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Clues to Paper-Pieced Design

   The process is too intensive to do any justice to in one page, but I do get asked from time to time how to get started. I will cover the gist of the process for me, which is 95% on the computer. Someday, I would like to present an informative online class, but until then...

    If you haven't already, study several paper-pieced patterns to get a fairly good idea how they're constructed. All straight lines...easy, no?

    Idea
    At the idea stage, I might sit in front of the TV with scratch paper and a pencil, and I sketch/doodle whatever comes into my head. If I have a subject, I try to think of lots of different ways to present it. Nothing formal...draw in as relaxed a state as possible. Doesn't matter the size at this point, because I am going to scan it into the computer.
     If you can't draw, practice by using simple clip art (for your personal use only).

    Scan
    When I get a little picture I like (or parts of several pictures), I scan the drawings into my computer and save them as .gifs. Then I open a new file in Illustrator, and bring the .gif(s) in. (If you're doing this by hand, you can enlarge your pictures on a copy machine. You'll also need lots of tracing paper for the rest of the steps.)

    Trace
    I enlarge the .gif to a working size in Illustrator. I draw a square around it to represent the block size. I trace over my .gif, which I have dimmed to gray so I can see the new lines I am drawing.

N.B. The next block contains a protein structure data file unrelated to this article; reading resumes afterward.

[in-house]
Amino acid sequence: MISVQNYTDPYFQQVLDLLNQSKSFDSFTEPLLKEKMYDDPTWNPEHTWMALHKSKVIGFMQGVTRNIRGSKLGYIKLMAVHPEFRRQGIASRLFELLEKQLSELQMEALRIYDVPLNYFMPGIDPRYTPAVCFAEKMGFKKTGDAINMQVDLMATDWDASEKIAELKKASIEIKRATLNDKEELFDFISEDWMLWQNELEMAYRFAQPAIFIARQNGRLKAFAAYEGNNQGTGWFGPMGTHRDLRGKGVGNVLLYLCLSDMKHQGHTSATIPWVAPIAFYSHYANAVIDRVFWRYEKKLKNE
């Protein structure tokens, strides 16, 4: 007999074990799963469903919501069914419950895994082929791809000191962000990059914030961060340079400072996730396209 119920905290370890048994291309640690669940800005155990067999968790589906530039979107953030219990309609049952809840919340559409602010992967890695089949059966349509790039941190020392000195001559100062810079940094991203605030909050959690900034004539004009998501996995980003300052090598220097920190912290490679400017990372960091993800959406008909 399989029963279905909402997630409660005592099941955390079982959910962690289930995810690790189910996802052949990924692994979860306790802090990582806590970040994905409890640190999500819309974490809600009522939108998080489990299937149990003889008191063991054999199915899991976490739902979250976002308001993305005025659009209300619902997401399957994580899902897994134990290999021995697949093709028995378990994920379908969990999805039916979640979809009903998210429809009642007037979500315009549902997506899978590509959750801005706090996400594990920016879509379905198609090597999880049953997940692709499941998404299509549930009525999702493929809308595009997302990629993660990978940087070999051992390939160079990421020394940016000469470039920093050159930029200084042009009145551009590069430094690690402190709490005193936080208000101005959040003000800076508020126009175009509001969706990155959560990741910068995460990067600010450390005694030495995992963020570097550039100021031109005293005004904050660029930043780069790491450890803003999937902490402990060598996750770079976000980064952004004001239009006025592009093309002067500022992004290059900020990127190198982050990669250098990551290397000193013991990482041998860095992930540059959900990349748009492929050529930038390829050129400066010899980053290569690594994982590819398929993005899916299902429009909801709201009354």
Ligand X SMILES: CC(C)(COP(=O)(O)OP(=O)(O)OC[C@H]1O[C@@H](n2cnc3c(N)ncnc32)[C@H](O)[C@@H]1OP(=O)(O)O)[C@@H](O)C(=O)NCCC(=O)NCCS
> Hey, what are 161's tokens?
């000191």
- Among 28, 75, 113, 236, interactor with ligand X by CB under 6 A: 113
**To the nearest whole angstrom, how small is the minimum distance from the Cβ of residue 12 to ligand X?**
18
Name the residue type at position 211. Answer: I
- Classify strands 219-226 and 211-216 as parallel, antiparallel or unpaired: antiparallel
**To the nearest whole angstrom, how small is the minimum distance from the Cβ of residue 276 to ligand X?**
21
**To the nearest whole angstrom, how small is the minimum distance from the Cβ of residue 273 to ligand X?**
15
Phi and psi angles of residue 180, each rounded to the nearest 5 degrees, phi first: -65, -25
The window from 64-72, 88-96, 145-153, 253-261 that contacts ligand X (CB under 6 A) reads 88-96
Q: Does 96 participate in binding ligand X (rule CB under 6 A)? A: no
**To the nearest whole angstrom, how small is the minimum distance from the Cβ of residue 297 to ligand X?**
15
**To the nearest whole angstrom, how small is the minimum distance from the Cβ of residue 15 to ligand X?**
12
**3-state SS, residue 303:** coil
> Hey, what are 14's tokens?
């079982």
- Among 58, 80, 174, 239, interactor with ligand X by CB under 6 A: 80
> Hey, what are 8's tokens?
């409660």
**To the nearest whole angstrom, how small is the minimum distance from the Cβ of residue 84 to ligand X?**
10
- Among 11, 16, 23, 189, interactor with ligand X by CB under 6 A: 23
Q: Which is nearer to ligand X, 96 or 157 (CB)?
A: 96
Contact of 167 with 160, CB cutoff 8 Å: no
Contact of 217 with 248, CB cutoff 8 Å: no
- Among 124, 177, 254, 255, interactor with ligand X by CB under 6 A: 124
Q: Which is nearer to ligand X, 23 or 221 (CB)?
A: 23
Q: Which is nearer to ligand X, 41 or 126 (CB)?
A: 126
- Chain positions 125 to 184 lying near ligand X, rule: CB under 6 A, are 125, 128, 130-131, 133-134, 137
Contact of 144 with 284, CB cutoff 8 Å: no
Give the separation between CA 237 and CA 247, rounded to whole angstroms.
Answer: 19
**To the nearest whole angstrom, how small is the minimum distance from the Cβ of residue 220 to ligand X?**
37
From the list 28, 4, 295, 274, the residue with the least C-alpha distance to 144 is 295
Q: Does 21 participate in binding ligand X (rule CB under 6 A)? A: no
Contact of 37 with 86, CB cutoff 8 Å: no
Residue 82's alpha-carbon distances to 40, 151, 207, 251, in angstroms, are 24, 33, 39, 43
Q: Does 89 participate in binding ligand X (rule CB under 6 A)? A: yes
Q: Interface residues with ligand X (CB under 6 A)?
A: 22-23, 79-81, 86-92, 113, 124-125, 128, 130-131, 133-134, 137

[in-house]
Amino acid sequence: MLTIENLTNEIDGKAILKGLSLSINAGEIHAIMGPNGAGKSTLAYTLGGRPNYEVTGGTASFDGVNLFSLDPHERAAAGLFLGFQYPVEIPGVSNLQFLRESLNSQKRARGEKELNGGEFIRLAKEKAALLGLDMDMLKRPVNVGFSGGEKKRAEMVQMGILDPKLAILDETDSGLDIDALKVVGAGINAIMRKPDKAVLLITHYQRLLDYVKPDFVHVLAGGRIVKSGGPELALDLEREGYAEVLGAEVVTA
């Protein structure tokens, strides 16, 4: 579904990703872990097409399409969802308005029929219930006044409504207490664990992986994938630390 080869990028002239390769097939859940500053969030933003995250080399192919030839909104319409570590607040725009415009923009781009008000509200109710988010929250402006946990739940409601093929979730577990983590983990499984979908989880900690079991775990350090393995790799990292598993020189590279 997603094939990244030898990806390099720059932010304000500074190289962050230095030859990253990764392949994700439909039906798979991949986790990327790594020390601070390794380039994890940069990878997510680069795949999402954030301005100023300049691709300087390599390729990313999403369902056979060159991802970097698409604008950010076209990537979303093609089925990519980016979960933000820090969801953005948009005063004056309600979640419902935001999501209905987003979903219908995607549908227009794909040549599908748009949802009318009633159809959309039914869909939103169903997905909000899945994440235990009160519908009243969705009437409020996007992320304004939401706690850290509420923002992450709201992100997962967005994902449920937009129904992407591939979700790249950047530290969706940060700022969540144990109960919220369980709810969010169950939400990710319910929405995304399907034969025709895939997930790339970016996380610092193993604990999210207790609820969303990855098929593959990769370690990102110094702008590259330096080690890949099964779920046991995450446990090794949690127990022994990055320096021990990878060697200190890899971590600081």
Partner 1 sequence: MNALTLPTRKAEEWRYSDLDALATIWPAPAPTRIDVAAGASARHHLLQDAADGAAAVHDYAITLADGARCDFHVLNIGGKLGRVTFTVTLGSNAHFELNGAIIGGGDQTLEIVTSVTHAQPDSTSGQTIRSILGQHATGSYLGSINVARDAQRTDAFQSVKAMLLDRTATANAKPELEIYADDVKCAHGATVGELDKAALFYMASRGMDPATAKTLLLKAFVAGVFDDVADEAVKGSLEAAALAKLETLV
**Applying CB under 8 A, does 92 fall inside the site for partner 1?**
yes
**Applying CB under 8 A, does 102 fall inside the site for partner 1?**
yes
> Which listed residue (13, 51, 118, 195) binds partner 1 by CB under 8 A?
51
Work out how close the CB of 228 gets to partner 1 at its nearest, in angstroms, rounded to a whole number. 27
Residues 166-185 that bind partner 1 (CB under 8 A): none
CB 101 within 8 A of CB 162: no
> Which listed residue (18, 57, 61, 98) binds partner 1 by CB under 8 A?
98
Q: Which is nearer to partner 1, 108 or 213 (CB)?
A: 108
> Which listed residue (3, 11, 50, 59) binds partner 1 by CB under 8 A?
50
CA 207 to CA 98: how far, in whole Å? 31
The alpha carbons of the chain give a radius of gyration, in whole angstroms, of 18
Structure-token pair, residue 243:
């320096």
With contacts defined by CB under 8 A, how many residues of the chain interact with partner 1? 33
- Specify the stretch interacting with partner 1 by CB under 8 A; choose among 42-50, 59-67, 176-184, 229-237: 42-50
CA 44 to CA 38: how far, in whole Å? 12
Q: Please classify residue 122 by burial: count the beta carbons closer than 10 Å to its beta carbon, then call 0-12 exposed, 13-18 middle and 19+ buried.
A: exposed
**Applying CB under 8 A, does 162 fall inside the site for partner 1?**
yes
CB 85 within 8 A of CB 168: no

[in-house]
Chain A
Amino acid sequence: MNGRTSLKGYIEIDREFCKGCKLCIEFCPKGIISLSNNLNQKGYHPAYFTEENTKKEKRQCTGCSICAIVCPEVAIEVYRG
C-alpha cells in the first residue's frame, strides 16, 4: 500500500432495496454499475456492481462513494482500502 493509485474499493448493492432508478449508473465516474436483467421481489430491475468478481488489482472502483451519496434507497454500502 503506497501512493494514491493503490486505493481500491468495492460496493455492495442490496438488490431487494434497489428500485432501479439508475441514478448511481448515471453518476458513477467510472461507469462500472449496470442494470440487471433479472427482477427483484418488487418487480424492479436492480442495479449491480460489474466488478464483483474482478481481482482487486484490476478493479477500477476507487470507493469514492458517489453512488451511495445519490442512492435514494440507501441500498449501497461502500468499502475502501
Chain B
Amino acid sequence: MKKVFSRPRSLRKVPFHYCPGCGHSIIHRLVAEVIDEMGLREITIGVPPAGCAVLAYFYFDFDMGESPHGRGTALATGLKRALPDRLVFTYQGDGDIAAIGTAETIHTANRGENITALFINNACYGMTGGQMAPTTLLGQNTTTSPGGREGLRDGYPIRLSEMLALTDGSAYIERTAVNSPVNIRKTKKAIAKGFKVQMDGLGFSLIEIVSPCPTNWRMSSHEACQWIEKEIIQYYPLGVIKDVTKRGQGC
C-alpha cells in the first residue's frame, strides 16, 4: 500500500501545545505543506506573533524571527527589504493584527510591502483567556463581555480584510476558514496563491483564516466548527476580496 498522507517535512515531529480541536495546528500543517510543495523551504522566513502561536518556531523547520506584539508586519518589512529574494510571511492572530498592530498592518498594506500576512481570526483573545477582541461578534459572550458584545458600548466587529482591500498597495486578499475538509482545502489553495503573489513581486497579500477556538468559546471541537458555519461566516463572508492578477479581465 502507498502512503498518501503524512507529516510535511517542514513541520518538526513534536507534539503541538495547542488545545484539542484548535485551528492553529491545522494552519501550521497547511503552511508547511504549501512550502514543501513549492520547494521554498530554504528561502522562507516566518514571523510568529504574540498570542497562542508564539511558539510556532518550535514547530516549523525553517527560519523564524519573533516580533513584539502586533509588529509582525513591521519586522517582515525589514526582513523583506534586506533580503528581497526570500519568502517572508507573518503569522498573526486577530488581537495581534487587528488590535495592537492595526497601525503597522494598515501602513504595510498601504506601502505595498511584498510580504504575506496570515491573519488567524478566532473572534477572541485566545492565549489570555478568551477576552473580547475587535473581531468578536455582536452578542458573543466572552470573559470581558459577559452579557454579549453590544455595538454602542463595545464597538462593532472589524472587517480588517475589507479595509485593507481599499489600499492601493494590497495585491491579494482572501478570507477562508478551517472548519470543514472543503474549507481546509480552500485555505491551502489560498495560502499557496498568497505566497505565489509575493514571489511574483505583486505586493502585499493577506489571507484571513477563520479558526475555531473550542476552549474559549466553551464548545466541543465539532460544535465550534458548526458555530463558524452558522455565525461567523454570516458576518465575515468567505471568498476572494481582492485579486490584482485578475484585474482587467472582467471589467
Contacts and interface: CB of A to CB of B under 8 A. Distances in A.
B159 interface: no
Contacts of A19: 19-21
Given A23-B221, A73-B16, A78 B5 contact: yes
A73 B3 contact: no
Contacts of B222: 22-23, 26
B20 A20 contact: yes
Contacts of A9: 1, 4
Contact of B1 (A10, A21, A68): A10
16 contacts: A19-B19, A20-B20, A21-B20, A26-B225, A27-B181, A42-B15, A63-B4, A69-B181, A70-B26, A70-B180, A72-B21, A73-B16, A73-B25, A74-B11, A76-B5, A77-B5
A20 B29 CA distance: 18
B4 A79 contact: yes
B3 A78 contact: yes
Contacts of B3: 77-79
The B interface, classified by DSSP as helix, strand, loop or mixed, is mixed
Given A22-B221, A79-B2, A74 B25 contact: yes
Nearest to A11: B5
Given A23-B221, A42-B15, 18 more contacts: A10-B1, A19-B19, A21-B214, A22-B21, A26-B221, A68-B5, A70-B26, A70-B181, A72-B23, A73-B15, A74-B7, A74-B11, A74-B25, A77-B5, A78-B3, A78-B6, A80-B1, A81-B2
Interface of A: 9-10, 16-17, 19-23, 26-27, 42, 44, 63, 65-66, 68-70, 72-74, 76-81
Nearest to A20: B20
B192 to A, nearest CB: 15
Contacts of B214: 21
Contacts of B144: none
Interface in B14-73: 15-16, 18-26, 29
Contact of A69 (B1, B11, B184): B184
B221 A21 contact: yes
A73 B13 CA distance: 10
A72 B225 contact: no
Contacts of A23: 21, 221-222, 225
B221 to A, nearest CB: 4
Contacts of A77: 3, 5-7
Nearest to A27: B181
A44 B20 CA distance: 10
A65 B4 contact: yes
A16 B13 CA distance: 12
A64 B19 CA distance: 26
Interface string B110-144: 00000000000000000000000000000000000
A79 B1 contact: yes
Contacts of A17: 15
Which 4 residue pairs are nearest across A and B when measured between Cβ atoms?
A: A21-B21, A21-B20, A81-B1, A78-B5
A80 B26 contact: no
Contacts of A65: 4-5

Drawing straight lines only, I follow the outline of the object and its most prominent details. I may have to sacrifice some details to piecing later, but the idea is to choose the details that are key to identifying the object.
    At this point I may add color to my pattern so I can see where the major color areas are. I put the color on a different layer so I can "turn off" all the distracting black lines and see how things look without them.

    Break Up Drawing into Major Sections
    Look over your pattern and "find" the most natural seam line that will cut the block into two. This is the last seam actually sewn, and every block has one. It could be vertical or horizontal. I make that line heavier. Now work to break up each side into sections using more heavy lines. I like my section lines to follow the large shapes in the drawing, but some designers prefer to make squares (study Foundation Piecer patterns) and break those into smaller pieces.

    Break Up Sections into Pieces
    Unfortunately, without pictures my description gets even fuzzier from here. Look at the sections of your sample patterns and see how the piecing lines often radiate out from some detail, or an inside curve. I will add piecing lines and move them around until I get the the smallest number of pieces, and I often need to move, change, add, or delete the heavier section lines as I go. Sometimes I need to sacrifice detail in order to make the piecing less fussy.
    While you are breaking up each section, you have to make sure there is a workable order of piecing. When numbering pieces you must be able to lay down your fabrics one after another. Previous pieces cannot overlap later pieces.

    Numbers and Color Abbreviations
    When I get workable sections, I add the numbers. Because there is color in my pattern at this stage, I label the colors in each piece (seeing the color helps me make fewer mistakes). I print my test patterns in color, but I remove the color in the final stage and add a gray grid to the background area.

    Test Sew
    I usually discover a few things when I sew the pattern, and I go back to fix things in Illustrator.

A little view of the process


  09/30/03

 

A little view of
the process

 

 

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